The Irda chief is absolutely right in saying investments in a company shouldn’t cross 10% of the share capital. Given the high degree of risk associated with equities—today’s dream stock can quickly become tomorrow’s nightmare—the more diversified the portfolio the better. Already, the universe of stocks that investors in India can buy into, based on financial soundness and growth prospects, is relatively small. Moreover, not all these stocks are large and liquid—the depth of the Indian market can be gauged from the fact that there are fewer than 200 stocks with a market capitalisation of over R5,000 crore and just 114 stocks that command a market value of R10,000 crore or more. Owning a disproportionately high share of a company, in a volatile market, dominated by foreign institutional investors, can only make LIC more vulnerable. Even if one assumes that the companies invested in are of top quality, an exposure of more than 10% is risky.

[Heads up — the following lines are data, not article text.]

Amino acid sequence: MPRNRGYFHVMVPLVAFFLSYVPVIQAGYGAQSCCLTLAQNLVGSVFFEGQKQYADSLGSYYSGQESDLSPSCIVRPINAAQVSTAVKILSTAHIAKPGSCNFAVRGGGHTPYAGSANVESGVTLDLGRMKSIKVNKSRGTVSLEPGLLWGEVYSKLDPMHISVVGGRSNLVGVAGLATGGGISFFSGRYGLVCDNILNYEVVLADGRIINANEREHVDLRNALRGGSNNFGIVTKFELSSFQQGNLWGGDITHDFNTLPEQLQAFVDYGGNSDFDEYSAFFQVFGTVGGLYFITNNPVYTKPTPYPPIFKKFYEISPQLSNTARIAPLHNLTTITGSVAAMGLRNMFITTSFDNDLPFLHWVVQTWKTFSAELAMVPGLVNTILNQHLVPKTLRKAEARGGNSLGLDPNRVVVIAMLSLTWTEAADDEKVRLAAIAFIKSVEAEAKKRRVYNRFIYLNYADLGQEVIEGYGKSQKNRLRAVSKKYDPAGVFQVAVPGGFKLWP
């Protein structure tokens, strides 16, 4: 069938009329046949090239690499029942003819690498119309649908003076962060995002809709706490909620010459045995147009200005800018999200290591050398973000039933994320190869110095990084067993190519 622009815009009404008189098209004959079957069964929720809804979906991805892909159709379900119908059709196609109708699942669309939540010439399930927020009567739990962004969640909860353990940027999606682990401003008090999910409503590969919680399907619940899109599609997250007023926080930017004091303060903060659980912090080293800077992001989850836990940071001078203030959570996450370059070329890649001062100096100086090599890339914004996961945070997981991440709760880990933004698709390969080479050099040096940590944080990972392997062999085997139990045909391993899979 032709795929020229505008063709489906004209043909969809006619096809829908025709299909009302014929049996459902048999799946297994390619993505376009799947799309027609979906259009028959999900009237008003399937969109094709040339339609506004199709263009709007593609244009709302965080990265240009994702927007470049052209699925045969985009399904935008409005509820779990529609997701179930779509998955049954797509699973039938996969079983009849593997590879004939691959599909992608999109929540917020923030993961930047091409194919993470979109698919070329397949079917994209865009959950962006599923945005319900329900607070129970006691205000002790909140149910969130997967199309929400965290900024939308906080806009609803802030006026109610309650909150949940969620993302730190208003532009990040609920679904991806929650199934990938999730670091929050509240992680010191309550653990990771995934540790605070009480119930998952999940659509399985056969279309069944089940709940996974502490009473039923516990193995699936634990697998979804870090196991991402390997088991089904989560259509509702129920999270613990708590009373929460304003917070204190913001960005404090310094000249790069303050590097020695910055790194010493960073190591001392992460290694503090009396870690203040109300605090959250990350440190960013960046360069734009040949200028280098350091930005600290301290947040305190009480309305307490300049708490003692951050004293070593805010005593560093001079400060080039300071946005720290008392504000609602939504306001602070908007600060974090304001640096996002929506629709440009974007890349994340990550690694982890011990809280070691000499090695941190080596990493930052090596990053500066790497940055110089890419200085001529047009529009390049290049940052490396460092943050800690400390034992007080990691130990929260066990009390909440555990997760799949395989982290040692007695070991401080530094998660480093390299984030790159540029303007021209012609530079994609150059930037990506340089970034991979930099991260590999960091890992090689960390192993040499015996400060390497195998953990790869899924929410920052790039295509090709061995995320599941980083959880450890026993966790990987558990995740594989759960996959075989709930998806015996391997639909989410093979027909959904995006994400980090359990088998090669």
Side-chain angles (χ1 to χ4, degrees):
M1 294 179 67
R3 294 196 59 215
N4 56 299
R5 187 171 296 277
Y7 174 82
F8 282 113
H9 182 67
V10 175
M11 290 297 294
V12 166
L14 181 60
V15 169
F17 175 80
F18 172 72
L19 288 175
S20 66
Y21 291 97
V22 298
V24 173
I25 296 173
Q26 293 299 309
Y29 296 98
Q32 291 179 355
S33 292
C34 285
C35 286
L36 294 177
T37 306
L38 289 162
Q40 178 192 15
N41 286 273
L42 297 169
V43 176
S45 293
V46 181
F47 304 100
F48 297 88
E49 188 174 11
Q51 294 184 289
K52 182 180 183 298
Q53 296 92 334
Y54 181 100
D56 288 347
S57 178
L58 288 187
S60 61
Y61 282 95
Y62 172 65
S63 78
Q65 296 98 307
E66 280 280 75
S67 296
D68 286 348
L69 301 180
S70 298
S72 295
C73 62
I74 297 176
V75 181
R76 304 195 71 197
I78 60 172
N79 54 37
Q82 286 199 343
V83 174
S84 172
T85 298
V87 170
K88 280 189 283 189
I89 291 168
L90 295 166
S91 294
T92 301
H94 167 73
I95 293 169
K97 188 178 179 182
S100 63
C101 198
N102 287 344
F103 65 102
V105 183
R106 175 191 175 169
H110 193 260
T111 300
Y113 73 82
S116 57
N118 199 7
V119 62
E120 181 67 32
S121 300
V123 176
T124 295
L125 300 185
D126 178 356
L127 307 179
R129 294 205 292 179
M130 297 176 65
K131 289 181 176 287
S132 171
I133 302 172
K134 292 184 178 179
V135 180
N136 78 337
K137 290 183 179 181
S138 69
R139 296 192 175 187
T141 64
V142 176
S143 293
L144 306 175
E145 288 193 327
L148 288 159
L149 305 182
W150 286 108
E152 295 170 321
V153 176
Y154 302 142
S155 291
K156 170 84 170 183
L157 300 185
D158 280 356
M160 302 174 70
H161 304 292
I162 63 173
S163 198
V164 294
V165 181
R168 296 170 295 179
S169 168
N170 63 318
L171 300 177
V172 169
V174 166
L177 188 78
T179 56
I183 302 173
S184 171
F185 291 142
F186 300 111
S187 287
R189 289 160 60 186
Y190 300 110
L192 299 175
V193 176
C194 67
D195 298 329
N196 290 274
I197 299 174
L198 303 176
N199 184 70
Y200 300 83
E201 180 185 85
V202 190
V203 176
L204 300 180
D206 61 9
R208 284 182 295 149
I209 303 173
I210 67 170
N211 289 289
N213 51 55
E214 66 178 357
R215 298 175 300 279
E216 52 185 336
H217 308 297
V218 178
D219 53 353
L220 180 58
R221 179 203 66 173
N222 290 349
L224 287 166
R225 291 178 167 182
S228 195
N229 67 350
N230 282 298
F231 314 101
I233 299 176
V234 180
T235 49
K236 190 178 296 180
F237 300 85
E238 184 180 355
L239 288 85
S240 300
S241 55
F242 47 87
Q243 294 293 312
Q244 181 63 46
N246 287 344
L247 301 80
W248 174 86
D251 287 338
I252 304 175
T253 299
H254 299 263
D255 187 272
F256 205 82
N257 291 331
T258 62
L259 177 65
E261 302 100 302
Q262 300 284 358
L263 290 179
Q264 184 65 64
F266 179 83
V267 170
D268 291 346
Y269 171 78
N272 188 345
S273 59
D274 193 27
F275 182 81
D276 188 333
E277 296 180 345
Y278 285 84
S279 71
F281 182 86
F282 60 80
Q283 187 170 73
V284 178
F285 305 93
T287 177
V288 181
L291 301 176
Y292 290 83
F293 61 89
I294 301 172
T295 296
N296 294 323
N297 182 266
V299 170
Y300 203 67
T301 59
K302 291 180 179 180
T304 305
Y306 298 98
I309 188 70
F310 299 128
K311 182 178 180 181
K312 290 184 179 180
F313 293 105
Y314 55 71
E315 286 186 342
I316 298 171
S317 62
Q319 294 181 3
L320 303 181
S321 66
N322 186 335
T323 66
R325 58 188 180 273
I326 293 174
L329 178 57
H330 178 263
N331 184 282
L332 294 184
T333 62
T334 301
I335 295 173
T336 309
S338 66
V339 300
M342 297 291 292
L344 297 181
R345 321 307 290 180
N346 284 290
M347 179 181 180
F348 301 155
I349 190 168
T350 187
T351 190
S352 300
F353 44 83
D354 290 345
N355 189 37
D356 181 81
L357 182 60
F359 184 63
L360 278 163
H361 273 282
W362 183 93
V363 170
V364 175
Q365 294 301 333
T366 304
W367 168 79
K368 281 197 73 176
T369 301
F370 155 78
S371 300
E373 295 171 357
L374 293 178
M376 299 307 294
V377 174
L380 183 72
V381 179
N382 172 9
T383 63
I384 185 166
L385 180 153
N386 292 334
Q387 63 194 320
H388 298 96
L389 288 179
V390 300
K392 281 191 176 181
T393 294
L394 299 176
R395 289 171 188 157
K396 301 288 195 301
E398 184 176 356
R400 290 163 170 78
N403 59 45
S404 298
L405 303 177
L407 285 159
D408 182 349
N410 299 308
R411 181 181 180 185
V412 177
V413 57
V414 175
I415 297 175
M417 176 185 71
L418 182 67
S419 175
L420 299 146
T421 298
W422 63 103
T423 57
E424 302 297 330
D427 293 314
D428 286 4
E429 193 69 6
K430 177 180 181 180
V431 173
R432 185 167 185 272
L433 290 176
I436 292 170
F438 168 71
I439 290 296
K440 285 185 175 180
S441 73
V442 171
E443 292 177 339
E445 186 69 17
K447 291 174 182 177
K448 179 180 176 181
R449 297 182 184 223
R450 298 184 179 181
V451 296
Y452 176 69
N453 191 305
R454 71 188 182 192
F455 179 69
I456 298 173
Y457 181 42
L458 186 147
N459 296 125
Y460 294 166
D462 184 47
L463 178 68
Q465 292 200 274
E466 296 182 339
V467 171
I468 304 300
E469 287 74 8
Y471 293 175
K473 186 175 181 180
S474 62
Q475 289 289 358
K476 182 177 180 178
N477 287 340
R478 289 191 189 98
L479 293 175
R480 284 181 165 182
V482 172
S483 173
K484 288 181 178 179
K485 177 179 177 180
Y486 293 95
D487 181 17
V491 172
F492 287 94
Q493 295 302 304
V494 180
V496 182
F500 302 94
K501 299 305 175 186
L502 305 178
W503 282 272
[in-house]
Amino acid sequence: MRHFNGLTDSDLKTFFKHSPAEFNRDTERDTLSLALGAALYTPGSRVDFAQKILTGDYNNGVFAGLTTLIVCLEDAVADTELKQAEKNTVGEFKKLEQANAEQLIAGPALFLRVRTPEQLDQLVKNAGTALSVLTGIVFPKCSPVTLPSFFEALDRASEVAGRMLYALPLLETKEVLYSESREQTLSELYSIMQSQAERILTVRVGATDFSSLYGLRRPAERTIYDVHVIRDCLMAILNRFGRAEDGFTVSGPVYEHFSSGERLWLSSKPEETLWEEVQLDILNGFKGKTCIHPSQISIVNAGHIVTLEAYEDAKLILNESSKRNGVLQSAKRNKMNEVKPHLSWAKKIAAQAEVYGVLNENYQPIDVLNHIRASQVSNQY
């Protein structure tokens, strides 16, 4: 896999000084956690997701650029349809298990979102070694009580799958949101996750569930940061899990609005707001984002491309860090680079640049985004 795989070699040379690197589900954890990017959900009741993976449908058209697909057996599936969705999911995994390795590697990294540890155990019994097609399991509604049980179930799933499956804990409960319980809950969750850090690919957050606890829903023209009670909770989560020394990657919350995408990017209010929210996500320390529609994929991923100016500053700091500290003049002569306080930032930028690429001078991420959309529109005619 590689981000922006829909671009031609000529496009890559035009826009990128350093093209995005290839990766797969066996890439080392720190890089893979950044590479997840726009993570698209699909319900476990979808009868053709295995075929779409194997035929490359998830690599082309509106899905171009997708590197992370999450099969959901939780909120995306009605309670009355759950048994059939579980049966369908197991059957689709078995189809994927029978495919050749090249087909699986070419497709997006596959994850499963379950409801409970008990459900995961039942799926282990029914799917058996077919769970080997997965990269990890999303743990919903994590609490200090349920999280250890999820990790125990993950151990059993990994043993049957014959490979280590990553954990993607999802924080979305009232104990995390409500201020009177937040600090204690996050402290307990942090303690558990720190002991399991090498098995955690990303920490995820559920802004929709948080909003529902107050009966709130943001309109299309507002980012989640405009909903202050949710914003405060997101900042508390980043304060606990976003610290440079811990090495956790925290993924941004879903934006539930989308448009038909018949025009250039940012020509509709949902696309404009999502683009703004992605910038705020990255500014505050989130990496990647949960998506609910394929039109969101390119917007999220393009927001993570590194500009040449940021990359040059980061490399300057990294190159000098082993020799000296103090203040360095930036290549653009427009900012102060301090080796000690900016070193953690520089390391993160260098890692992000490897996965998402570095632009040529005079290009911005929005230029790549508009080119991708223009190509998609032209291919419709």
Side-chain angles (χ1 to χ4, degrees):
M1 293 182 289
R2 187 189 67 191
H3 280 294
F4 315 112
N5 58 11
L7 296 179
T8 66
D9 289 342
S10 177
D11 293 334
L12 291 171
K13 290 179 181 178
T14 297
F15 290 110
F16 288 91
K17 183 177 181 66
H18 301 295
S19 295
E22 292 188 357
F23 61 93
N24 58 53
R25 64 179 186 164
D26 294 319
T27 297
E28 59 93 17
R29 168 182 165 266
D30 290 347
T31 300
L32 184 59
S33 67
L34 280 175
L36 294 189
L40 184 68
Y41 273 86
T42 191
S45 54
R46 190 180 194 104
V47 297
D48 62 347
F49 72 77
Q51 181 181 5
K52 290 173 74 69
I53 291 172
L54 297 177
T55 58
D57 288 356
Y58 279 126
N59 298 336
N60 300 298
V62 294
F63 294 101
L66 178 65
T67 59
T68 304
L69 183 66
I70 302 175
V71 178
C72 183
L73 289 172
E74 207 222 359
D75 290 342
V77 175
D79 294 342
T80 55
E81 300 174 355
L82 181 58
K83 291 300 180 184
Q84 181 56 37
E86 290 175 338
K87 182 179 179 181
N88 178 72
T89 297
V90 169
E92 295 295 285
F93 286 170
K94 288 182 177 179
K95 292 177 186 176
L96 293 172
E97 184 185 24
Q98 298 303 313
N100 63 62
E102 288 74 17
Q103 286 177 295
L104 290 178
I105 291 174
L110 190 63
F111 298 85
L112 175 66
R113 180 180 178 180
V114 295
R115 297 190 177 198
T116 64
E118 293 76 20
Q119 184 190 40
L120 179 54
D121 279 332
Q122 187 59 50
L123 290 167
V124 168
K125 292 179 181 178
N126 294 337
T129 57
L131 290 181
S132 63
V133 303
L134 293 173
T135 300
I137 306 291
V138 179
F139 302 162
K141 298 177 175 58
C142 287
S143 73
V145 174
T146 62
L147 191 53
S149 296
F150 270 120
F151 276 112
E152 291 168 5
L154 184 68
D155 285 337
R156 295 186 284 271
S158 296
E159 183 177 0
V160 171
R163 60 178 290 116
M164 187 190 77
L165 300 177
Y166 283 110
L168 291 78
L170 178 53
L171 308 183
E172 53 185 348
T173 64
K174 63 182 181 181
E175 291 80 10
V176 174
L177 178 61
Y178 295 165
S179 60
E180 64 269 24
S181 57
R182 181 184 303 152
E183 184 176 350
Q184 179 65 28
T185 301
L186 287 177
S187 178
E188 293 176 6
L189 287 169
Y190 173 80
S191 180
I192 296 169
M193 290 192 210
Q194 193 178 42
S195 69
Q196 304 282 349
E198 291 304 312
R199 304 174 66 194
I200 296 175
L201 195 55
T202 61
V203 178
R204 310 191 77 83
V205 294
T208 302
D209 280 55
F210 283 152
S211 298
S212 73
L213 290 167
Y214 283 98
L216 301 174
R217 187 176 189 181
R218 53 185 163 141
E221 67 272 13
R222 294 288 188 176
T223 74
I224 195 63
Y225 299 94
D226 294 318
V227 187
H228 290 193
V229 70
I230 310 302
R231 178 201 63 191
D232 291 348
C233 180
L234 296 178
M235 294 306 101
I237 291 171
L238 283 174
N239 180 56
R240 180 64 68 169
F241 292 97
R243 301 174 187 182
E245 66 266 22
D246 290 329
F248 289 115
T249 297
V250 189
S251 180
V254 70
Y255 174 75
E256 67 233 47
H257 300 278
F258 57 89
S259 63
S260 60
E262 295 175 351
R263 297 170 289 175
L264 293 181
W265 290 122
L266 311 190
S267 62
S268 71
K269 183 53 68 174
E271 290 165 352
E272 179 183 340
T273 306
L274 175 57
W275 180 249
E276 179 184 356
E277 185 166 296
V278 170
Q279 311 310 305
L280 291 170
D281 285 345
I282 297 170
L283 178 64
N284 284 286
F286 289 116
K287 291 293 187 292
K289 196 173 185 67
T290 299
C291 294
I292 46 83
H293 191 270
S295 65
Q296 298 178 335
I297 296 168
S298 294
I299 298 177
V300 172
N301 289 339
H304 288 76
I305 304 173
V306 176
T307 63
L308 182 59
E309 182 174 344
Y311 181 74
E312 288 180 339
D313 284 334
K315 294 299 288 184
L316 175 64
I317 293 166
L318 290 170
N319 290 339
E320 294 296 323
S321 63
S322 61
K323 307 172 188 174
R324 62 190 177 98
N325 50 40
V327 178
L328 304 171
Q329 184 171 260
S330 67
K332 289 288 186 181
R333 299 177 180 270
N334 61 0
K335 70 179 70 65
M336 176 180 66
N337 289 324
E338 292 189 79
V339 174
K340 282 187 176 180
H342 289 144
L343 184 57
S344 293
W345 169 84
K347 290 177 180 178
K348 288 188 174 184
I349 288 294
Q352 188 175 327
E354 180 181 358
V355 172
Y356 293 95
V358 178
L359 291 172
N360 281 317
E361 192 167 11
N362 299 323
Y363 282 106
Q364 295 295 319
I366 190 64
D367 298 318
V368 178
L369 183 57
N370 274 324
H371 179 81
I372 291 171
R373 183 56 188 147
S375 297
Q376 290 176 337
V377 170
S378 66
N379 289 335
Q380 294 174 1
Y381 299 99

The government can’t be using LIC to fund its budget deficit because that could hurt the investments of millions of individuals. For some time now, the insurer has been buying stakes in public sector banks. Moreover, on more than one occasion it has stepped in to bail out the government when a stake sale hasn’t attracted enough investors—in February 2010, LIC wrote out a cheque for R4,000 crore for shares of NTPC. The insurer is still out of the money on its purchase of 43 crore shares of ONGC that it was forced to buy in March this year after investors stayed away from an auction—the insurer bailed out the government by buying shares at around R304 but the ONGC stock has stayed below that level since then. While ONGC may be on safe ground financially, the same can’t be said for too many other large Indian companies; witness the large-scale restructuring of corporate accounts by banks. Moreover, a recent study by Credit Suisse showed how concentrated bank loans are today: the aggregate debt of 10 groups now comprises 13% of bank loans and 98% of the banking system’s net worth. In mid-May this year, Moody’s Investor Services downgraded LIC’s foreign currency rating to Baa3 from Baa2. Among the reasons for the downgrade, the rating agency pointed out, was the significant exposure the insurer’s balance sheet had to domestic sovereign debt relative to its capitalisation. The outlook for LIC remains stable as of now but that could quickly change if LIC owns bigger chunks of equity in government-owned companies too.